daughters and mothers in Zion. By seeking to perform every duty, you
will find that your capacity will increase, and you will be astonished
at what you can accomplish.”

I know there are many sisters here whose labors are not known beyond
your own homes and are, perhaps, not even appreciated there. But
what difference does it make? If your labors are acceptable to God,
however simple they are, if they are faithfully performed, you should
never be discouraged.

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Narrator: When Joseph Smith and his brother Hyrum were martyred
in 1844, Eliza was so overwhelmed with grief that she was unable to
eat or sleep and even pled with the Lord to let her die also. One night,
as she lay in bed, Joseph appeared to her and told her that although
his mission on earth was complete, hers was not—the Lord desired
her to live and to help build up His kingdom. She was to be of good
cheer and help lighten the burdens of others.

Eliza possessed special gifts of the spirit, and many individuals


recorded blessings she had given them that resulted in healings and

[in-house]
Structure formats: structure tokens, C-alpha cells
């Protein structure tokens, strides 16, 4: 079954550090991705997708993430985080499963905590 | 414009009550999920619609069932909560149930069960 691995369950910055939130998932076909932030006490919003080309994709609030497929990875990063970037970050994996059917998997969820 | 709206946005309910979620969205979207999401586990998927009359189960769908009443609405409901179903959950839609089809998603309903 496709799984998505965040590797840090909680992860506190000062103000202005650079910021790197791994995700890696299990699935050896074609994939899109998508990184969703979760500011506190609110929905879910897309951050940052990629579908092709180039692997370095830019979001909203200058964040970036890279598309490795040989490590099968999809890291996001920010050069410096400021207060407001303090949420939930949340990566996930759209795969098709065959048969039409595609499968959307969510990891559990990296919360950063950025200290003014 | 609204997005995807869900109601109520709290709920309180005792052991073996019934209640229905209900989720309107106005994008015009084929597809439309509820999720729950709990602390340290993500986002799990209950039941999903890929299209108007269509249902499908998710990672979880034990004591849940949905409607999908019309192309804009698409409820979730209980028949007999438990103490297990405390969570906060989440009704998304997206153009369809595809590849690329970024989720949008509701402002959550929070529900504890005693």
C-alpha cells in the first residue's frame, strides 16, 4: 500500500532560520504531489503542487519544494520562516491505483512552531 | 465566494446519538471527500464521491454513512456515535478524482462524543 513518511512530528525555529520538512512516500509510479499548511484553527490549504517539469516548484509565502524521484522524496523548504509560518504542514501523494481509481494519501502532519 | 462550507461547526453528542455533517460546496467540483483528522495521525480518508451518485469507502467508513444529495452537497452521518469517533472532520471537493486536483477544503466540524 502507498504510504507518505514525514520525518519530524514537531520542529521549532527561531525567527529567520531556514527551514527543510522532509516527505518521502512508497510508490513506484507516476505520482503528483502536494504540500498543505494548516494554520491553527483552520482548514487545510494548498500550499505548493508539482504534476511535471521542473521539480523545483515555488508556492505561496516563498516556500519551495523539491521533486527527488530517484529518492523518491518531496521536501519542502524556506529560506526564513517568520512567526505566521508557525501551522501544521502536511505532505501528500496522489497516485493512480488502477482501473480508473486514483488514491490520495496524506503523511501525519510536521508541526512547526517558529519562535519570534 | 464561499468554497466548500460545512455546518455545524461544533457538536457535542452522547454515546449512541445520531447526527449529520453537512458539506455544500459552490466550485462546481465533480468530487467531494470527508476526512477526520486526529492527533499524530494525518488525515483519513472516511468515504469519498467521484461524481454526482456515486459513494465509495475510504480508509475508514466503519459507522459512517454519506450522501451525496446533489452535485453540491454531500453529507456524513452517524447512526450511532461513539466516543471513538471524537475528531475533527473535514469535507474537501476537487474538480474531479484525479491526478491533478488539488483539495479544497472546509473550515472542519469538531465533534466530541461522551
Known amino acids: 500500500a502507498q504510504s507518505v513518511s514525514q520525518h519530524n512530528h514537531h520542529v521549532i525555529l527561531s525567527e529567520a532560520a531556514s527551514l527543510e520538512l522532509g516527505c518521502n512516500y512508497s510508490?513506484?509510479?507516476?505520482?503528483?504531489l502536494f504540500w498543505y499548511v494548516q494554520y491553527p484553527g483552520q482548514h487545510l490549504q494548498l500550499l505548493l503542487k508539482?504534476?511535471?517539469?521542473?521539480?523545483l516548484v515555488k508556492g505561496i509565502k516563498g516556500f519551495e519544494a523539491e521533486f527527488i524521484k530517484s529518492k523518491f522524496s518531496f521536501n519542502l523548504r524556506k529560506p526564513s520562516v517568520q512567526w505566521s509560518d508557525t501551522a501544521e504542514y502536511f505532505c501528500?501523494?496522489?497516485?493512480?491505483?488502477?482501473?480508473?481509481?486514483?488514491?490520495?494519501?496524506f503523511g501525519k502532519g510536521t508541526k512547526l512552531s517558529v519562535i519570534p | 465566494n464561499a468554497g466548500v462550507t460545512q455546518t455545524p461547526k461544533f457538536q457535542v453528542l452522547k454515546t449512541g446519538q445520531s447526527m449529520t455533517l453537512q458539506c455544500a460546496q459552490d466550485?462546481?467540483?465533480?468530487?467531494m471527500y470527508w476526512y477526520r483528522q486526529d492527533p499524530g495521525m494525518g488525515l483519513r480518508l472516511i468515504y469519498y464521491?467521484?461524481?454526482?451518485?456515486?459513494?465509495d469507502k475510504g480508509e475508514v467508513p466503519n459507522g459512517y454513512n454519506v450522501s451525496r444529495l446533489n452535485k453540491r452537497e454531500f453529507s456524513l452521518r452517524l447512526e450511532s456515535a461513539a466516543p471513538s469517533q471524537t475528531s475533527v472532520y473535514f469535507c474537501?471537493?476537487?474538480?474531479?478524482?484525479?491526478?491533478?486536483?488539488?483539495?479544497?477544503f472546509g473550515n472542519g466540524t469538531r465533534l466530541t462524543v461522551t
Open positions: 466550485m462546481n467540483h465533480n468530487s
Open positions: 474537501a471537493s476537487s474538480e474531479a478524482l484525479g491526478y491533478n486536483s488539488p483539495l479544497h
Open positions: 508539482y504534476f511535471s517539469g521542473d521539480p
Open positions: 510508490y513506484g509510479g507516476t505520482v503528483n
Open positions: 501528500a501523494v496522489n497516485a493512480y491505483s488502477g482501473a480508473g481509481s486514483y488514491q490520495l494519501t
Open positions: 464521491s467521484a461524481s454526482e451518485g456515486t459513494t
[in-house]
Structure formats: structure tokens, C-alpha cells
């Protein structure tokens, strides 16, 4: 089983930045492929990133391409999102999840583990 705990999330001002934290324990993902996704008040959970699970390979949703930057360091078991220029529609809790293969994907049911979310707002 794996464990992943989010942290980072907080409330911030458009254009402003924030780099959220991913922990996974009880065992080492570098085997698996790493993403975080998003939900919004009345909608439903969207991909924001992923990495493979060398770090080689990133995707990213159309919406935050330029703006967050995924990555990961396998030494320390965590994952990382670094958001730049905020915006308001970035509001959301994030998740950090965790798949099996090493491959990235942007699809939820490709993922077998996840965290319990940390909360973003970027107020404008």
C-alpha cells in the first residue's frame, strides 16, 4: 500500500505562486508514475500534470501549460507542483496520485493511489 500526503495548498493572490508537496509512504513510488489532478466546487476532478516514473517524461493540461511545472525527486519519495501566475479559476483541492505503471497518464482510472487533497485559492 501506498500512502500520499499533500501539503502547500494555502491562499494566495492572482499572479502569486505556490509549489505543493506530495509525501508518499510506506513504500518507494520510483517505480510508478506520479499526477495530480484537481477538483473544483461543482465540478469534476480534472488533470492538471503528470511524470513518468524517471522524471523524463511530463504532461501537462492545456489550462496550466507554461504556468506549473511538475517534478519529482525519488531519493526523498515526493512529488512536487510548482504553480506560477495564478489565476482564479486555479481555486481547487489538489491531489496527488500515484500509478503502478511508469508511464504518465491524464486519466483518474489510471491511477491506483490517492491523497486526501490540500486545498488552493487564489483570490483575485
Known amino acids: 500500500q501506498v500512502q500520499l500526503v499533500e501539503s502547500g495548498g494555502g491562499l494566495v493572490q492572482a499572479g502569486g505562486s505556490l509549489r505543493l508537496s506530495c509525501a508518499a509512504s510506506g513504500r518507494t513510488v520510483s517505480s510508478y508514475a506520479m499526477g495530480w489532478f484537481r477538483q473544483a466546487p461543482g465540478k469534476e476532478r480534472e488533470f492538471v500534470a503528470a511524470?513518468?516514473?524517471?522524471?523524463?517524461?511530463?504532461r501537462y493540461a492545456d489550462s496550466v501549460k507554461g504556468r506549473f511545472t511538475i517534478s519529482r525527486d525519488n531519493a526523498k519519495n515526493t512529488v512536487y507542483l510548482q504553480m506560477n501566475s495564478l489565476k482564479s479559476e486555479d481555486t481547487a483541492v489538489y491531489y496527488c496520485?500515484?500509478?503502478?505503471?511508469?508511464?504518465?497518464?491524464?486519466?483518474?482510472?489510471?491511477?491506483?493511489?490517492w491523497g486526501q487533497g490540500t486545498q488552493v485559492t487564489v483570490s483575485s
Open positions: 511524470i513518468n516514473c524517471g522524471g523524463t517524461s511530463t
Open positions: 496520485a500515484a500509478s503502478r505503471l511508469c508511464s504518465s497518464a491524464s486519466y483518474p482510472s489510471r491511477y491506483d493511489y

prophecies concerning their future potential. One historian wrote that
Eliza’s image took on a special holiness and the kind of mysterious
aura that surrounds the sacred ordinances of the temple.

One of the highlights of Eliza’s life was accompanying President


George A. Smith to the Holy Land in 1872, when he rededicated the
land for the return of the Jews. There she basked in the spirit of the
Savior as they visited many of the places where he had lived and
ministered. Eliza was once quoted as saying, “To be able to do
Father’s will is what I wish to live for.”

Eliza R. Snow indeed lived to become a legend in her own time.


Women, now as then, honor her as a great woman, but to the
practical Eliza, “greatness” was simply “usefulness”.

An organizer of rare ability, Eliza even tended to the details of her own
funeral with the same energy and strength of purpose as she had
tended to countless R.S. projects during her 21 years as president. At
her funeral, she asked that the choir sing her masterpiece “O My
Father” which speaks of returning to live with our heavenly parents.